Epic Games Suing Stream Snipers for Cheating at Fortnite Battle Royale

fortniteThere is an interesting situation in the video game world in that a company called Epic Games is suing players of their game, Fortnite Battle Royale, for cheating. What’s that you say, video games and the law colliding? Have I died and fallen into the noodly appendages of the Flying Spaghetti Monster? It’s time for a Happy Dance and a blog.

A website called Twitch.tv allows players of video games to stream their efforts for a live audience. One of my favorite streamers, Sacriel, plays the game in question. It is what is called a Survival game with cooperative elements. This means one player or a team of players roam the world finding weapons and battling other players or teams of players.

A player like Sacriel joins a particular instance of the game. This lasts until there is only one player or team left on that particular instance, at which point another game begins. Cheaters watch the most popular streamers and join the same game, this is called Stream Sniping. The cheaters then attempt to defeat the streamer and often use against the rules code supplements to make themselves virtually invulnerable. This is the cheating aspect of the situation. Epic Games bans such cheaters when they spot them but the Stream Snipers generally create a new account fairly quickly. In this case one of the people being sued created at least nine other accounts after being banned.

In the legal system, in order to sue someone successfully you generally have to prove damages. So, you might well ask, how is cheating damaging Epic Games? It’s just a few players being killed and they can just start up another game, right? Not to my way of thinking although we will have to wait until the courts weigh in on the matter.

One of the interesting realities of people using platforms like Twitch.tv to stream games is the revenue thus generated. When an engaging and technically skilled player like Sacriel plays a game like Fortnite Battle Royal, the game gets enormous promotion. When gamers see Sacriel enjoying himself immensely they too want to play the game and make the purchase. They even get an opportunity to test their skills against such streamers which is a big selling point. There is quite clearly direct correlation to game sales and popular streamers.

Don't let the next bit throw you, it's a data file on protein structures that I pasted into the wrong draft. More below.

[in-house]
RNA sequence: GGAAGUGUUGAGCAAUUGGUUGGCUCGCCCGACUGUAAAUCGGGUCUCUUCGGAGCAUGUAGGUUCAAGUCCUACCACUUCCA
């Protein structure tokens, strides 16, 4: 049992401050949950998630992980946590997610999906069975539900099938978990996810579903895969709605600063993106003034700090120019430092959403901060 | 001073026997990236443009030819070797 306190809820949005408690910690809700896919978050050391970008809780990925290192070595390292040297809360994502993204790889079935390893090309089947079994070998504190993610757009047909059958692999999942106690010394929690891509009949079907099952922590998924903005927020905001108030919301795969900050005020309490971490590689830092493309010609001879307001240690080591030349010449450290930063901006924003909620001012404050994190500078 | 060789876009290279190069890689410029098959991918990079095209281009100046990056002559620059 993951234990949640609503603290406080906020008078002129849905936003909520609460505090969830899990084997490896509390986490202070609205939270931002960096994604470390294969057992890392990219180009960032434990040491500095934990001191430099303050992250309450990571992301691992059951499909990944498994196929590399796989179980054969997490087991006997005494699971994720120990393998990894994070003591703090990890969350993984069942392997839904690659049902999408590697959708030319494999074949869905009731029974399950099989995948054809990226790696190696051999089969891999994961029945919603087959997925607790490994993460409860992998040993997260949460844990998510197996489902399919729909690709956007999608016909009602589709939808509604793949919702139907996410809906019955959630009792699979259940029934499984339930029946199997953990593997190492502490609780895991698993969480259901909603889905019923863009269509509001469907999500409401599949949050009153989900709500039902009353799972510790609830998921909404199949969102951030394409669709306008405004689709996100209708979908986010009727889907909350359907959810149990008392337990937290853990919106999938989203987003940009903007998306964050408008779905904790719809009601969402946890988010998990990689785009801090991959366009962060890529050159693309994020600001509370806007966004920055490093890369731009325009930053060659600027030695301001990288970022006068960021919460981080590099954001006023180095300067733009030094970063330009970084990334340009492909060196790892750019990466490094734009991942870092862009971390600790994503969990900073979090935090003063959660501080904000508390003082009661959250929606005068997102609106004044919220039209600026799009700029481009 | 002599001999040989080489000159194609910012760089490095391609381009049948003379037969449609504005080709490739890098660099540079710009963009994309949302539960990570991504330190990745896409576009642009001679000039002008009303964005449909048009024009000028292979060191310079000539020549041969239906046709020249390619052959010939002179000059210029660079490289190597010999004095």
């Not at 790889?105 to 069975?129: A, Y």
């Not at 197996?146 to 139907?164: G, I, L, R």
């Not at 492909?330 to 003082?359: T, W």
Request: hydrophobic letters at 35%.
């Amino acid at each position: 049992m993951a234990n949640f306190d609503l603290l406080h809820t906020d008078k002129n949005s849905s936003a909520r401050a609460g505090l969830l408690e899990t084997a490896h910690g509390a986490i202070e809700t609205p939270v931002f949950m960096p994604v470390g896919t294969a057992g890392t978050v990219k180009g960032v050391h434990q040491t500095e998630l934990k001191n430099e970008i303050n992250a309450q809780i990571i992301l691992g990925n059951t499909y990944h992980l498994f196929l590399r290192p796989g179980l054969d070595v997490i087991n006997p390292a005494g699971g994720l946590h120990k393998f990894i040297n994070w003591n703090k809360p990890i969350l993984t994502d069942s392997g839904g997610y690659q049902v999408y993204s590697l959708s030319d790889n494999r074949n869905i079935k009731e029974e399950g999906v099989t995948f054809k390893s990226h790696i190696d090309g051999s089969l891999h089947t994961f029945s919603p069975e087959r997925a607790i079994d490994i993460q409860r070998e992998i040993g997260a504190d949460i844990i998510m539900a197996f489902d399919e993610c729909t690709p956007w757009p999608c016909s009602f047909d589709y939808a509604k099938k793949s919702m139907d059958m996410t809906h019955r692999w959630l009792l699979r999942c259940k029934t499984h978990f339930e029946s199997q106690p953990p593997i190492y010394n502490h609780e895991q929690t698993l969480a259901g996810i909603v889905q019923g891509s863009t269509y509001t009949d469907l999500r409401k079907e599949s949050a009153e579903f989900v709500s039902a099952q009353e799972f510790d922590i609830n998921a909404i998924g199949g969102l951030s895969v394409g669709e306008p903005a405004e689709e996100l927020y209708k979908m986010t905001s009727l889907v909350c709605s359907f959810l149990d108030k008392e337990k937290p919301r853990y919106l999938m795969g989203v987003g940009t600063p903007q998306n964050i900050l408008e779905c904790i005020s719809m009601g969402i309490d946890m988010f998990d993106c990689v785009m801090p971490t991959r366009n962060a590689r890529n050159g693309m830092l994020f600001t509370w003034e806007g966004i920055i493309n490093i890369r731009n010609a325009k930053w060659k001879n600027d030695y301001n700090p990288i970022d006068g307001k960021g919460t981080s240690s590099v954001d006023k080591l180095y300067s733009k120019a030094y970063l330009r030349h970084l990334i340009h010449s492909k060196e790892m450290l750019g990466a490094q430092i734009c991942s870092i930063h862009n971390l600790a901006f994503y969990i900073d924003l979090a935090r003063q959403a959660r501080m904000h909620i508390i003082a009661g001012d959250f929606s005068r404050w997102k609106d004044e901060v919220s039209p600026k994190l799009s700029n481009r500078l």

When Stream Snipers become prevalent, top streamers like Sacriel simply get fed up and quit the game. There isn’t much point in playing whenever you start a new game an invincible opponent arrives and kills you. It’s not fun for the streamer and it is not enjoyable for the audience to watch. Therefore, the streamer stops playing which, in turn, directly affects game sales.

As a Libertarian I’m also quite happy with the way this has played out. Epic Games attempted to simply ban such cheaters but when they were unable to effectively implement this tactic they were forced into legal remedies. I always appreciate trying to solve the problem without resorting to legal or law enforcement agencies, but there comes a time when reason is not an effective tool.

I think Epic Games has a case and I’m quite interested to see how this all plays out in court. I’m not of the opinion the Stream Snipers should be put in prison but hit her or his wallet and I think you have effectively curtailed the practice, and that’s a good thing.

Tom Liberman

25 thoughts on “Epic Games Suing Stream Snipers for Cheating at Fortnite Battle Royale

    • Thanks for the comment, Alex.

      If people didn’t have a weakness to high speed projectiles then bullets wouldn’t hurt. Your argument is that it’s perfectly acceptable to steal from people because they didn’t have enough security. It’s classic rationalization to justify your own wrongdoing.

      Tom

      • To least half the players, all the others seem invincible even with no cheats.
        To every one else, the pro streamers are invincible. I could never win against one. What pisses me off is the fact there are pro players, making a living at the game, picking on the rest of us, ruining our games, while they make a living at it. There beyond good. How the hell is that fair play for the rest of us? For noobs, a cheat program only gives him a fighting chance against the pro players.
        If they sue any one, they should sue the pro players for making money on the game, ruining every one elses games. I have spent over $1500 to get better. 1080 grafix card, 1ms high frame rate monitor, half a dozen mice and controllers. WHen normal players suck, and they see the pro’s playing flawlessly it seems un obtainable. Regular players quit because they can never be that good, and if all you do is die, the game is no fun.

        • Hi, David. Thank you for the comment.

          Your argument appears to be that people who are really good at something ruin it for the people who aren’t as good. I hope when I put it in those terms you can see the absurdity. People in life who get very good at things deserve rewards for their effort.